[0016] In the context of the present invention, "lactic acid polymer" refers to a polymer that comprises lactic acid monomeric units. The lactic acid polymers may comprise D- lactic acid and/or L-lactic acid monomeric units, preferably the lactic acid polymers comprise D-lactic acid and L-lactic acid monomeric units. Polymers of both D-lactic acid and L-lactic acid as monomeric units are referred to as poly-(DL)-lactic acid. In a preferred embodiment, the molar ratio of D-lactic acid to L-lactic acid monomeric units in the lactic acid polymers is in the range of 80:20 - 20:80, preferably 70:30 - 30:70, more preferably 55 :45 - 45 :55, most preferably the molar ratio of D-lactic acid and L- lactic acid monomeric units in the lactic acid polymers is about 1. Thus in one embodiment in the method according to the invention, the lactic acid polymers in the aqueous coating composition that is applied to the surface of a cheese comprise D-lactic acid and L-lactic acid monomeric units in a D-lactic acid to L-lactic acid molar ratio in the range of 80:20 - 20:80, preferably 70:30 - 30:70, more preferably 55 :45 - 45 :55. In one embodiment, the lactic acid polymer is not poly-L-lactic acid, poly-D-lactic acid or a mixture of poly-L-lactic acid and poly-D-lactic acid. Herein "poly-L-lactic acid" and "poly-D-lactic acid" refer to polylactic acid having respectively at least 90 mol% of L- lactic acid and at least 90 mol% of D-lactic acid as monomeric unit. Lactic acid polymers comprising substantially enantiomerically pure D-lactic acid or L-lactic acid as lactic acid monomelic unit give rise to crystalline brittle polymers which are more difficult to disperse. Although such crystalline polymers may still be dispersible, this typically requires operation temperatures above the melting temperature of the lactic acid polymers. It is thus preferred in the context of the present invention that the lactic acid polymers are predominantly amorphous and thus more easily applicable in the coating compositions according to the invention. Predominantly amorphous polymers, especially those having a main T g of 14 - 19 °C, are especially suitable to make stable dispersions that are applicable to cheeses at industrial conditions, such as for example 10 - 13 °C and about 83 - 95 % relative humidity. The lactic acid polymers to be used in the coating composition according to the invention are preferably not terminally modified, i.e. the lactic acid polymers contain at least one -COOH end group, or a salt thereof.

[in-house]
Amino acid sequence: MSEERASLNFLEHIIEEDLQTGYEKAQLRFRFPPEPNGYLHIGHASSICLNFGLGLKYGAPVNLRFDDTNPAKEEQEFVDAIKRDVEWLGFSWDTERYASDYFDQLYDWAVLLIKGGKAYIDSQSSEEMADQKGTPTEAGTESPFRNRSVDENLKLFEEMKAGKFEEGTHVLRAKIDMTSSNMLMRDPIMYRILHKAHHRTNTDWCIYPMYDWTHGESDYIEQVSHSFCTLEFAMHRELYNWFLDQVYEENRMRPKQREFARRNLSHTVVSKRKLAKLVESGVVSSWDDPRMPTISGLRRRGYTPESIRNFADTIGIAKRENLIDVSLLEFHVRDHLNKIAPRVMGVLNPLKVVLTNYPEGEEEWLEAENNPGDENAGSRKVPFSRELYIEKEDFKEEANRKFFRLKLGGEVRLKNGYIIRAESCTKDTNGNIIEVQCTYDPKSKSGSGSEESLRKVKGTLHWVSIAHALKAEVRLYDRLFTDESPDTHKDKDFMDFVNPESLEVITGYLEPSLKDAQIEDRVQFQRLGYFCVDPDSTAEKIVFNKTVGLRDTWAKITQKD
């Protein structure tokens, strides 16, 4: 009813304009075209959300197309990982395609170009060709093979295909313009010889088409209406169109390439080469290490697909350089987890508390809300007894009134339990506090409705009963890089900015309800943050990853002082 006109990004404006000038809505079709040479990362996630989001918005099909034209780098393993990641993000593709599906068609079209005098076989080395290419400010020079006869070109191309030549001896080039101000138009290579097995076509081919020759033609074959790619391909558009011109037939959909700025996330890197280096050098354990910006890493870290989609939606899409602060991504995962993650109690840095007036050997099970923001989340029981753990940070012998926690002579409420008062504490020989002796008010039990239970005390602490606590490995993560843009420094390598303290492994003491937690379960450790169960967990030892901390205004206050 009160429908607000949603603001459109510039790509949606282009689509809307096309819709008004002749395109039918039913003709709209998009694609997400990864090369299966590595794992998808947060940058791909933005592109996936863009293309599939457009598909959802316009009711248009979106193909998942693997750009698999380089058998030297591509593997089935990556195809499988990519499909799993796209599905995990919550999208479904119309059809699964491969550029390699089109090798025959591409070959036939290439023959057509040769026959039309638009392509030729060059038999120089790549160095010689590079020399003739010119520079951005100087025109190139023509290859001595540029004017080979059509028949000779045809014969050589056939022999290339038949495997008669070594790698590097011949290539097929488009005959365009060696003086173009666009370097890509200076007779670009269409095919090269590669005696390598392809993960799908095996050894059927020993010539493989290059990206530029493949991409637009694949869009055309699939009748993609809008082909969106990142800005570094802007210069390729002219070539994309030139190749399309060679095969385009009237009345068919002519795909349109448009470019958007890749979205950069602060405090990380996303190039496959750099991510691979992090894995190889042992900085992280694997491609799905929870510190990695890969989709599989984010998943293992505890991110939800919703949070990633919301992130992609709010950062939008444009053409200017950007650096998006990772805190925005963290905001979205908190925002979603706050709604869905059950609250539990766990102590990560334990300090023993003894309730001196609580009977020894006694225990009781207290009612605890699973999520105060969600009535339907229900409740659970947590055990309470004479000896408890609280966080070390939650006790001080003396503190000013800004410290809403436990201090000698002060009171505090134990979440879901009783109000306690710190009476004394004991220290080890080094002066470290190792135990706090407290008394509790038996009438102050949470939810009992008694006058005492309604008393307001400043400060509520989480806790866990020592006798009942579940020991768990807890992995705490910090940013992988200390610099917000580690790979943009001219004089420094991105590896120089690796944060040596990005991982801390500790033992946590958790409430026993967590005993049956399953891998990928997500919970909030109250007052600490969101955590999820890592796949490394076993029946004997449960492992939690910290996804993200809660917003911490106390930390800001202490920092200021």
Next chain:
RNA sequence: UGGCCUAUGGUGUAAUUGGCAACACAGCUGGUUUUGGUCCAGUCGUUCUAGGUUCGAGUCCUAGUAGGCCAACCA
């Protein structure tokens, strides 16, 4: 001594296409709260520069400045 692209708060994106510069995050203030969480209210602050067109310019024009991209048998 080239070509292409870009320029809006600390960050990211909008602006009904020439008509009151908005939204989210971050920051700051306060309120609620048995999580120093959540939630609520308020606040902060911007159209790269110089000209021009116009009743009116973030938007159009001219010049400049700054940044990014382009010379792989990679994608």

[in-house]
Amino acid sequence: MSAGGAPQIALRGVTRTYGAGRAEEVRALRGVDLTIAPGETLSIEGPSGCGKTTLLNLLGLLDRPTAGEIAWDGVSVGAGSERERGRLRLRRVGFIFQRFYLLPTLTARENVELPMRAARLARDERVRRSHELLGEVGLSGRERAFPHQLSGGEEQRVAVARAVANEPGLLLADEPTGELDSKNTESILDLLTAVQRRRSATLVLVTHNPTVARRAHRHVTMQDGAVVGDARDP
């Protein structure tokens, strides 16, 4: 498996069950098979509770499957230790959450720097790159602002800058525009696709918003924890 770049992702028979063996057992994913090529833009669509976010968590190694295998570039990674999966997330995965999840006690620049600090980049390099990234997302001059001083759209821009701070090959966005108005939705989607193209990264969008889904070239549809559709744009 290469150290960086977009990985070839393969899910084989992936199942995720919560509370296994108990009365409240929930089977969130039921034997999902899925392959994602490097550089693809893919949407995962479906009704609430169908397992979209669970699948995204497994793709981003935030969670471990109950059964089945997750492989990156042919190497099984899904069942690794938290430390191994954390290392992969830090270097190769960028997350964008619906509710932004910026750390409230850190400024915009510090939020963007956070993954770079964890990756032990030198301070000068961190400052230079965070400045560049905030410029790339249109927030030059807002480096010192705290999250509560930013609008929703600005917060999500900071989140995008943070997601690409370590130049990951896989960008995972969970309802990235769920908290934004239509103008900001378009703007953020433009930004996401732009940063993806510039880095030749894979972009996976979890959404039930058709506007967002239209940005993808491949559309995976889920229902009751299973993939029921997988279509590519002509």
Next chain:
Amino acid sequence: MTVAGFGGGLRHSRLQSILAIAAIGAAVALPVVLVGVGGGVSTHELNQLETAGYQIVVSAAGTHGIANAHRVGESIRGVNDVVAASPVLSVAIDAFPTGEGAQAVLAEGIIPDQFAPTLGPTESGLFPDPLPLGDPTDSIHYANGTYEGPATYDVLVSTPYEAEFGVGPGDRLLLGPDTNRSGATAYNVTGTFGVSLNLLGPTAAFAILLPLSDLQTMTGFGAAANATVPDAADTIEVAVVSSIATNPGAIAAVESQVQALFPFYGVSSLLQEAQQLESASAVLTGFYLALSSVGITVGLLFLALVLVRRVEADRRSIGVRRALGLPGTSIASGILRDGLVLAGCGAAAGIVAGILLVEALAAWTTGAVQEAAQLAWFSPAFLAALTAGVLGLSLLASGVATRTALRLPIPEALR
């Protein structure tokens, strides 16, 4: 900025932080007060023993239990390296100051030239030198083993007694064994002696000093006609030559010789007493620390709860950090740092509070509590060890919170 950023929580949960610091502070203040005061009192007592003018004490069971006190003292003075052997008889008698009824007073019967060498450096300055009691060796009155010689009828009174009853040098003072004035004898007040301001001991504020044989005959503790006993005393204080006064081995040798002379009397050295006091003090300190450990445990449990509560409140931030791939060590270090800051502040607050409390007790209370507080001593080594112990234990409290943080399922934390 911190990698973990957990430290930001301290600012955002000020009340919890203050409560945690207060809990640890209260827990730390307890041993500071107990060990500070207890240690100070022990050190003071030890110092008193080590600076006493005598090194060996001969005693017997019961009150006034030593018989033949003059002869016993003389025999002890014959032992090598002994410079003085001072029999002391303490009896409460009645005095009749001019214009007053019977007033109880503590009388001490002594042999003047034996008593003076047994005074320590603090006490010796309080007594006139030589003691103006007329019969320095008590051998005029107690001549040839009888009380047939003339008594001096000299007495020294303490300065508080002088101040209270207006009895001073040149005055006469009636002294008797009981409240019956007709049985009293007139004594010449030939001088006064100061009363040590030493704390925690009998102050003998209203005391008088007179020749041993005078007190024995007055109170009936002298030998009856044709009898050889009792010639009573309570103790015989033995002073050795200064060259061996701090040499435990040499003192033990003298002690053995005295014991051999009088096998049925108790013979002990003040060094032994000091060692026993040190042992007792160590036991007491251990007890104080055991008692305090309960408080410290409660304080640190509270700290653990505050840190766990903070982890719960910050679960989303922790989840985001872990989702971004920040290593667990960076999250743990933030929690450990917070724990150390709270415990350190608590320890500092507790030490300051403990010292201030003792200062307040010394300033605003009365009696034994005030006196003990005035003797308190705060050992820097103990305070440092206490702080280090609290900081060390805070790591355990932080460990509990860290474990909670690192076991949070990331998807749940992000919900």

[0017] Further monomeric units, i.e. comonomers, may also be present in addition to lactic acid monomeric units within the lactic acid polymers. Likewise, the resulting polymer is preferably predominantly amorphous. Preferably, the lactic acid polymers comprise at least 50 mol% of D-lactic acid and/or L-lactic acid monomeric units and optionally further monomeric units. Thus in one embodiment in the method according to the invention, the lactic acid polymers in the aqueous coating composition that is applied to the surface of a cheese comprise at least 50 mol% of D-lactic acid and/or L-lactic acid monomeric units and optionally further monomeric units. Typically, the other monomeric units amount to at most 50 mol% of the monomeric units that together make up the lactic acid polymers, preferably at most 25 mol%, most preferably at most 10 mol% or even at most 5 wt%. In one embodiment, the lactic acid polymers contain almost exclusively lactic acid monomeric units, i.e. at least 95 mol%, preferably at least 96 mol% or even at least 97 mol%, most preferably about 100 mol% of the monomeric units are lactic acid monomeric units. Such lactic acid polymers containing almost exclusively lactic acid monomeric units may also be referred to as "lactic acid homopolymers". Lactic acid polymers comprising more than 5 mol% of further monomeric units, in addition to lactic acid monomeric units, may also be referred to as "lactic acid copolymers". In case the lactic acid polymers are lactic acid homopolymers, the coating composition containing said lactic acid polymers preferably further comprises a plasticizer. Coating compositions comprising such lactic acid copolymers do not require the presence of plasticizers and such coating compositions comprising lactic acid copolymers are preferably free of added plasticizers, although the presence of organic acids may be desired for other reasons. Thus, in one embodiment, the coating composition comprises a plasticizer in case the lactic acid polymers are lactic acid homopolymers and the coating composition does not comprise an added plasticizer, optionally other than organic acids, in case the lactic acid polymers are lactic acid copolymers.